With inadequate sleep affecting around 33-45% of adults in Australia[i], you may think that there’s no such thing as too much sleep. However, oversleeping can have detrimental effects as well.
How much sleep do we need?
While there is no ‘magic’ number of hours we should sleep for, experts agree that the average adult should aim for 7-9 hours sleep each night. However, this amount may increase during periods of illness, or if you’ve been more active than usual. Babies, children and teenagers also need more than adults.
How much is too much?
It’s perfectly fine to sleep extra hours over the weekend, especially if you don’t get enough sleep during the week. However, if you regularly sleep more than 9 hours every night then it may be a problem.
What causes oversleeping?
Oversleeping can be caused by a number of factors. One of these is a sleep disorder called hypersomnia. This condition causes people to feel extremely sleepy during the day, which is not relieved by taking a nap. It also causes these people to sleep for unusually long periods at night.
Obstructive sleep apnoea, a disorder characterised by repeated episodes of partial or complete obstruction of the throat while you’re asleep, which can cause you to stop breathing for anywhere from 10 seconds to one minute. Because this interrupts your natural sleep pattern, it can increase your need to sleep.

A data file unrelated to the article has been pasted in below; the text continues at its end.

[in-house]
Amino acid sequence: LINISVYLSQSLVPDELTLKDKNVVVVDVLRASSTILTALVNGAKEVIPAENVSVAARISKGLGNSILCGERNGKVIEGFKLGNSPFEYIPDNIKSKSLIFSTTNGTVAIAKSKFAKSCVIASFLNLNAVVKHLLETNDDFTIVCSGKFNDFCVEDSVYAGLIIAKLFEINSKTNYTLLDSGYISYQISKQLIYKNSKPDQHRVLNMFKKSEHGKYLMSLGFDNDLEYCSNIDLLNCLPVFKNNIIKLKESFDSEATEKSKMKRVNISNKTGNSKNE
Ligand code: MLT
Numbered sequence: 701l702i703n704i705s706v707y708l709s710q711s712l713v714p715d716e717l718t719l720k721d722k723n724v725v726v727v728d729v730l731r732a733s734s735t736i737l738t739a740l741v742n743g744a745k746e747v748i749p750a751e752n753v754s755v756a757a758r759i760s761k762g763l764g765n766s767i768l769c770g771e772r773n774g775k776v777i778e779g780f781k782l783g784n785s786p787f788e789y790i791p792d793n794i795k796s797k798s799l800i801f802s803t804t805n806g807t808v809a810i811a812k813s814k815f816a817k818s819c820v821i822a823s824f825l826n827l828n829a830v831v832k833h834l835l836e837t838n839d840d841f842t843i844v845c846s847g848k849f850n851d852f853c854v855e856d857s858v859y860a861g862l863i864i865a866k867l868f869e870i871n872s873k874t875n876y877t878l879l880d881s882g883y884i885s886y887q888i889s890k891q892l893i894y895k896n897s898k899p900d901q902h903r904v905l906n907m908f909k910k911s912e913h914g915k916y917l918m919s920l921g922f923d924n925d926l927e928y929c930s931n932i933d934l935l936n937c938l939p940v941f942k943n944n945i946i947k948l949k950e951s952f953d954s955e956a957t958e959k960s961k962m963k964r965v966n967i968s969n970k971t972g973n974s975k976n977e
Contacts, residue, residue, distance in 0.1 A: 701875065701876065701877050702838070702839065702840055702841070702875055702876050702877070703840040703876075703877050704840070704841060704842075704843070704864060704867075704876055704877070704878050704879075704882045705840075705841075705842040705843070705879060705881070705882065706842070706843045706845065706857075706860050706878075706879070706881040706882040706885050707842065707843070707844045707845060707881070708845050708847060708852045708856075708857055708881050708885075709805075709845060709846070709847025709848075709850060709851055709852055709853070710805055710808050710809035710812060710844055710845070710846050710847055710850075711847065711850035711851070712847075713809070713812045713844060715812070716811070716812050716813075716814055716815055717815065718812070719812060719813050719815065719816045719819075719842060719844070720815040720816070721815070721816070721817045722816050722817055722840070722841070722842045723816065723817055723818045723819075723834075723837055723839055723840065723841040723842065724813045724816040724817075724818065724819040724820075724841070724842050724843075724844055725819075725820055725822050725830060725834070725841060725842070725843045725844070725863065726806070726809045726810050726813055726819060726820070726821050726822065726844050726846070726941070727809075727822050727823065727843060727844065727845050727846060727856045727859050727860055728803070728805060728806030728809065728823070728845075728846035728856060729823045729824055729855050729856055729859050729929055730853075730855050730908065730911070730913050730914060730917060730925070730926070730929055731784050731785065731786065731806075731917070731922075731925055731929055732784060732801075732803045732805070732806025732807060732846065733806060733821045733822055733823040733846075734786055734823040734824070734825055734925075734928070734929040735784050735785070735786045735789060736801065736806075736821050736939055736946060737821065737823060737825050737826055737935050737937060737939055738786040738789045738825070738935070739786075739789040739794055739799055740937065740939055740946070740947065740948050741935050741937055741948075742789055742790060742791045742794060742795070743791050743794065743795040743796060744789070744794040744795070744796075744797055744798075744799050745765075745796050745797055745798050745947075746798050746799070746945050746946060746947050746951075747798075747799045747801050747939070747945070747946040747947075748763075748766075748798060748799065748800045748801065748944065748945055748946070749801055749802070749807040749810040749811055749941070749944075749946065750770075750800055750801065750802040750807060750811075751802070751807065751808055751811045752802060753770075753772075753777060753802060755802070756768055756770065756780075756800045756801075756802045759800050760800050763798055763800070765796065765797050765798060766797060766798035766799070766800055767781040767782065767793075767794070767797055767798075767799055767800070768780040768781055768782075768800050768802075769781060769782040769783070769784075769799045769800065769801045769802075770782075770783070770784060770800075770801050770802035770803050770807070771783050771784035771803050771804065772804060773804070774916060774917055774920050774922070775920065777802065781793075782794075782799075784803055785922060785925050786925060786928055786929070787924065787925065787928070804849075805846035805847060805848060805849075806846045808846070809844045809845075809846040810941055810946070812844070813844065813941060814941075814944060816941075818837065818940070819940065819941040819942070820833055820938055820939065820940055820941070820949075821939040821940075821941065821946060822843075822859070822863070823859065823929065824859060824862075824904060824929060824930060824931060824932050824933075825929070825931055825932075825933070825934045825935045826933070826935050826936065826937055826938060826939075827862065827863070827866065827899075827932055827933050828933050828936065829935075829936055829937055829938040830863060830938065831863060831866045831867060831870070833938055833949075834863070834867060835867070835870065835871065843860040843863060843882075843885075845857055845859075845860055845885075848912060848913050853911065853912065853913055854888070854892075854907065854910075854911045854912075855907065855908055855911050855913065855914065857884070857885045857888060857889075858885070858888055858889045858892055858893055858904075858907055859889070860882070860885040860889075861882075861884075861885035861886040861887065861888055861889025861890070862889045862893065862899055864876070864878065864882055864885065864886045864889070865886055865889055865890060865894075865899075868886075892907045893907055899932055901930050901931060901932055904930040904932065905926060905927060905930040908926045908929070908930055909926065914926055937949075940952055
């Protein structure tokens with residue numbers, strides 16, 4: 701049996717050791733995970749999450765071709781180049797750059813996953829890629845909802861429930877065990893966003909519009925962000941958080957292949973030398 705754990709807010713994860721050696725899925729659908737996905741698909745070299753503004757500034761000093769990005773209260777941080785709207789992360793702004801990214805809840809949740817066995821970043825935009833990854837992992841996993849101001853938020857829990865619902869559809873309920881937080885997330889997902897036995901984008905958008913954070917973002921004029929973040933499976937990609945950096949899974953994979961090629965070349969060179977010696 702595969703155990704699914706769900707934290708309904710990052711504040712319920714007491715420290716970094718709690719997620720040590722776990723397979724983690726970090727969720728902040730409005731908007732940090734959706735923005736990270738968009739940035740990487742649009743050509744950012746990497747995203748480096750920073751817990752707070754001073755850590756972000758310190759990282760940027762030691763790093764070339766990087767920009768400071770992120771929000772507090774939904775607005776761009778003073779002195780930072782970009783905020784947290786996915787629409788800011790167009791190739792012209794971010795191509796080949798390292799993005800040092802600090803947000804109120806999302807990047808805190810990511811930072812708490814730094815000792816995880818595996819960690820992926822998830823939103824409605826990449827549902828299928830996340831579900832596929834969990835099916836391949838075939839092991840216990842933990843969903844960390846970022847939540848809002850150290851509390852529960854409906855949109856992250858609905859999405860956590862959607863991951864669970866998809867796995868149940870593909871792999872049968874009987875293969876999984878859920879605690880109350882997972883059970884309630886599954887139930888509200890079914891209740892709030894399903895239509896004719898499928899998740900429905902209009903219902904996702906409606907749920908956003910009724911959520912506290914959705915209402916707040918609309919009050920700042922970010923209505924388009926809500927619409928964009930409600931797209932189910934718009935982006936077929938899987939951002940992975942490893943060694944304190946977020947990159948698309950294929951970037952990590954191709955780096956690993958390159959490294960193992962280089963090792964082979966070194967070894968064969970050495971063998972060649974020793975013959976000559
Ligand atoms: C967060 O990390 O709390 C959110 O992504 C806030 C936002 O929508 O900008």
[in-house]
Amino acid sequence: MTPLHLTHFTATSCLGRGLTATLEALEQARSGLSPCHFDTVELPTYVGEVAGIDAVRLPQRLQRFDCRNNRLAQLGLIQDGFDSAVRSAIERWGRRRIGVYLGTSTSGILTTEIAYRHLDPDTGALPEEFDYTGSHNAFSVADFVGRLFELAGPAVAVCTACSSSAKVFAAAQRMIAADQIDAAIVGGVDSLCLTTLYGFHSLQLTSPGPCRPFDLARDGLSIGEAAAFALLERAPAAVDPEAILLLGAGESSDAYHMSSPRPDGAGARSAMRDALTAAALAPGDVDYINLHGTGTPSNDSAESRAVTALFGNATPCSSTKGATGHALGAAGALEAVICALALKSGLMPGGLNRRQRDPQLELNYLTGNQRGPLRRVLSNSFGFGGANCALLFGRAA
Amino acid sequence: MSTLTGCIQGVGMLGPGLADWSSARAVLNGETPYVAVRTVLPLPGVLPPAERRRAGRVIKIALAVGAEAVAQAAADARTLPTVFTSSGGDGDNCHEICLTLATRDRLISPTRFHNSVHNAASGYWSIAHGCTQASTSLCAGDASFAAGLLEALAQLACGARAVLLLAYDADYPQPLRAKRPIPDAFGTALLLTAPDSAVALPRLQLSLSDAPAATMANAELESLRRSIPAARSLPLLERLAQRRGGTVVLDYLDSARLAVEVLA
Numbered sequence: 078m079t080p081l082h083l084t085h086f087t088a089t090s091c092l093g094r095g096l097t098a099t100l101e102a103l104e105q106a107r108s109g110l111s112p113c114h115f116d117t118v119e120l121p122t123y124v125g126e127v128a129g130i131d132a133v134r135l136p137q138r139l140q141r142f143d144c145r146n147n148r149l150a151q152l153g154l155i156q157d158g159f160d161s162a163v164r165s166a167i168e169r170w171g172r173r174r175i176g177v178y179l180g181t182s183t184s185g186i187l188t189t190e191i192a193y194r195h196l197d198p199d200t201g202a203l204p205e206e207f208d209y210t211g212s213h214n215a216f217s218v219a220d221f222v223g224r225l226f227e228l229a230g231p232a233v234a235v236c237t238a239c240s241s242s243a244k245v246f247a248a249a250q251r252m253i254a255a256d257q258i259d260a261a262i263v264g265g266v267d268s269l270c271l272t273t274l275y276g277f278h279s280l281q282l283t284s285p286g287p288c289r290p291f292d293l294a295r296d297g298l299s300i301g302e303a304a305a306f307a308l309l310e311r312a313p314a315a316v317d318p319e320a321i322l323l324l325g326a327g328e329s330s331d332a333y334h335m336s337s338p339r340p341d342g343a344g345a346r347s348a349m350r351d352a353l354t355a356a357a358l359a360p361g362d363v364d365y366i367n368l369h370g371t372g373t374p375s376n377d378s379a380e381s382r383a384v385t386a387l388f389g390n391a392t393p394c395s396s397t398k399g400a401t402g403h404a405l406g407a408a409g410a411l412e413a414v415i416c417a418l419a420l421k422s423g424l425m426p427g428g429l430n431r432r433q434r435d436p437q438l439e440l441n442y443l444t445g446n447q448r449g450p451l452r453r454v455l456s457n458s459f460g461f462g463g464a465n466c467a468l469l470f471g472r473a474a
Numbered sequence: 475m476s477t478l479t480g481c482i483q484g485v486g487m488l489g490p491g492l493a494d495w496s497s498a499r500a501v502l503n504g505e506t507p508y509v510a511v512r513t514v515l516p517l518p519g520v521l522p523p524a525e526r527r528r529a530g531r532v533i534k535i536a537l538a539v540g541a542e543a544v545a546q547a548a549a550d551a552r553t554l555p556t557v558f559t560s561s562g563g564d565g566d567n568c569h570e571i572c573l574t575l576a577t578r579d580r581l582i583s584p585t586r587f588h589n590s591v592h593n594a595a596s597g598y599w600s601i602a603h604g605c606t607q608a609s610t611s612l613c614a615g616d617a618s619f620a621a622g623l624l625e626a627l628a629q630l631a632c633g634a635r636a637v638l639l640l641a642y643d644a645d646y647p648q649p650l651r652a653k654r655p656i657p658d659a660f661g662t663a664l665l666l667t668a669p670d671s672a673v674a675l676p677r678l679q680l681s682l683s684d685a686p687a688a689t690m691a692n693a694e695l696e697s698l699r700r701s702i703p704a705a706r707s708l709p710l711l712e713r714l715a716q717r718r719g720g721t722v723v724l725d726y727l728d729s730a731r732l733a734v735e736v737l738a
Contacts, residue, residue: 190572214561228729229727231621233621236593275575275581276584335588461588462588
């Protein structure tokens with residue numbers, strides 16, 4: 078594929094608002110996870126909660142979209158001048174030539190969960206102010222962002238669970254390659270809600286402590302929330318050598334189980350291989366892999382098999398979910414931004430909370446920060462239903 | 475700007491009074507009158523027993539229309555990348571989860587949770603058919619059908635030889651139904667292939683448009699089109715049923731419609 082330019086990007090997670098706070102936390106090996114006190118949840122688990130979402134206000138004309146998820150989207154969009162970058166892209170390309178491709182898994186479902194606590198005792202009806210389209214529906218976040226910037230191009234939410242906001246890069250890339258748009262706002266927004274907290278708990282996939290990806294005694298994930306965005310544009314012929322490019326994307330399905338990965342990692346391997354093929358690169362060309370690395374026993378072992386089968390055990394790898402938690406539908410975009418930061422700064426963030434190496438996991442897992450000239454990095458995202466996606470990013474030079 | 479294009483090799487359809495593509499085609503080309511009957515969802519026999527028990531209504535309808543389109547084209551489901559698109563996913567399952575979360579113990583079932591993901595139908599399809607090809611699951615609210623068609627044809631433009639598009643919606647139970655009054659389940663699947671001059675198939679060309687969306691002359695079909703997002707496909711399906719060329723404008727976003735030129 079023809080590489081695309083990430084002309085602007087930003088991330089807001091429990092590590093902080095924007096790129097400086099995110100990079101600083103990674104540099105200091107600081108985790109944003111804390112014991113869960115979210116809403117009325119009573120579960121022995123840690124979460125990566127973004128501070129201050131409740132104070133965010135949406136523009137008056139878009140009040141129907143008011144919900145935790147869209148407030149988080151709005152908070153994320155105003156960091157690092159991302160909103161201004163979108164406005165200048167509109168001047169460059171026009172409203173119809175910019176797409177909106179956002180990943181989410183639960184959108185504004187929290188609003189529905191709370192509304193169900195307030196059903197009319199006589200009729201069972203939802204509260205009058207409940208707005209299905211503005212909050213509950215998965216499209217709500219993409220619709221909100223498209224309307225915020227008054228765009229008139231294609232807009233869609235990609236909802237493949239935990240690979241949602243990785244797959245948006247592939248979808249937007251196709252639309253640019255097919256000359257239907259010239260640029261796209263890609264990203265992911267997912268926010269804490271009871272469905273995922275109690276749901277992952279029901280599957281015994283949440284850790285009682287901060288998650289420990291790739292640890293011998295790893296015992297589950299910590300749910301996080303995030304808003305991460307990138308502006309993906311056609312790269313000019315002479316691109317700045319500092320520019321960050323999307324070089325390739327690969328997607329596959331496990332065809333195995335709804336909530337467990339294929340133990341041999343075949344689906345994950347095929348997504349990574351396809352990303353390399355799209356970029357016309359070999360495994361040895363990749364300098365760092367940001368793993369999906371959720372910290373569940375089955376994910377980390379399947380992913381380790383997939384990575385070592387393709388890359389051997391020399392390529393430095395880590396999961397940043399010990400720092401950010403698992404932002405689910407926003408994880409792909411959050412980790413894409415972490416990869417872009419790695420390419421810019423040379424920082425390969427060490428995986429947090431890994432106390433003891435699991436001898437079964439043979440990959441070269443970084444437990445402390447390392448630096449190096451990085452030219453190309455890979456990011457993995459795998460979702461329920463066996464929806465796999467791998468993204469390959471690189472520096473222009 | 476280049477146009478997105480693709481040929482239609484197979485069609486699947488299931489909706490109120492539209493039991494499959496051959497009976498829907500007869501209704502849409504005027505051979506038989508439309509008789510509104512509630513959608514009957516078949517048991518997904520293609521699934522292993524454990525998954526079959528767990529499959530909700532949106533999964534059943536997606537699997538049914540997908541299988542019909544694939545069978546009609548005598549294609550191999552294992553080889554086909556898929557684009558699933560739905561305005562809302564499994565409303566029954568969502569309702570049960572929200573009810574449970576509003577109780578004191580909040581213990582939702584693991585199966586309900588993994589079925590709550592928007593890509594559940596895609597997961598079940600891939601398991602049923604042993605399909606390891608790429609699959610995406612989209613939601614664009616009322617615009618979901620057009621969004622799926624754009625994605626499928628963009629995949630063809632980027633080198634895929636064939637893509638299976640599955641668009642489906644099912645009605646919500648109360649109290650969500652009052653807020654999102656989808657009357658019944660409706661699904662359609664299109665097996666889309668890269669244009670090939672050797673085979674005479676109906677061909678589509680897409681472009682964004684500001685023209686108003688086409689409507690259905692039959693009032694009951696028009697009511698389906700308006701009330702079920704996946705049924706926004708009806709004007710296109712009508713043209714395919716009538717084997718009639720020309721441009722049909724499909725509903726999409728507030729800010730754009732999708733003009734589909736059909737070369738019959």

Other causes include alcohol consumption, prescription medications, and depression.
What are the effects of too much sleep?
Research has shown that oversleeping can increase the risk of a number of medical problems. These include:
- overweight or obesity
- back pain
- heart disease and stroke
- cognitive impairment
- impaired infertility.
What can you do?
If you regularly sleep more than 9 hours every night it’s worth visiting your doctor to find out what is causing your oversleeping issues, especially if they are medication related.
In order to get your 7-9 hours each night, you should practice good sleep habits by keeping the same bedtimes and wake times every day. You should also:
- avoid alcohol and caffeine in the hours leading up to bedtime
- avoid eating too much or too little before bed
- avoid strenuous exercise too close to bedtime
- turn off all screens at least 1 hour before bedtime
- focus on relaxing activities such as reading, listening to music or taking a bath.
Having the right sleeping environment will also help you sleep better. Ensure your room is the right temperature, quiet and dark, and be sure that the mattress you’re sleeping on will help you sleep well.
A good mattress should be supportive, but not too hard. It should also be suitable for the way you sleep. For example, a side-sleeper usually prefer slightly softer mattresses to those who sleep on their stomach or back.
For expert advice on choosing the right mattress for you and the rest of your family, visit our store or browse our range online.
[i] Sleep Health Foundation, 2016 Sleep Health Survey of Australian Adults, https://www.sleephealthfoundation.org.au/pdfs/surveys/SleepHealthFoundation-Survey.pdf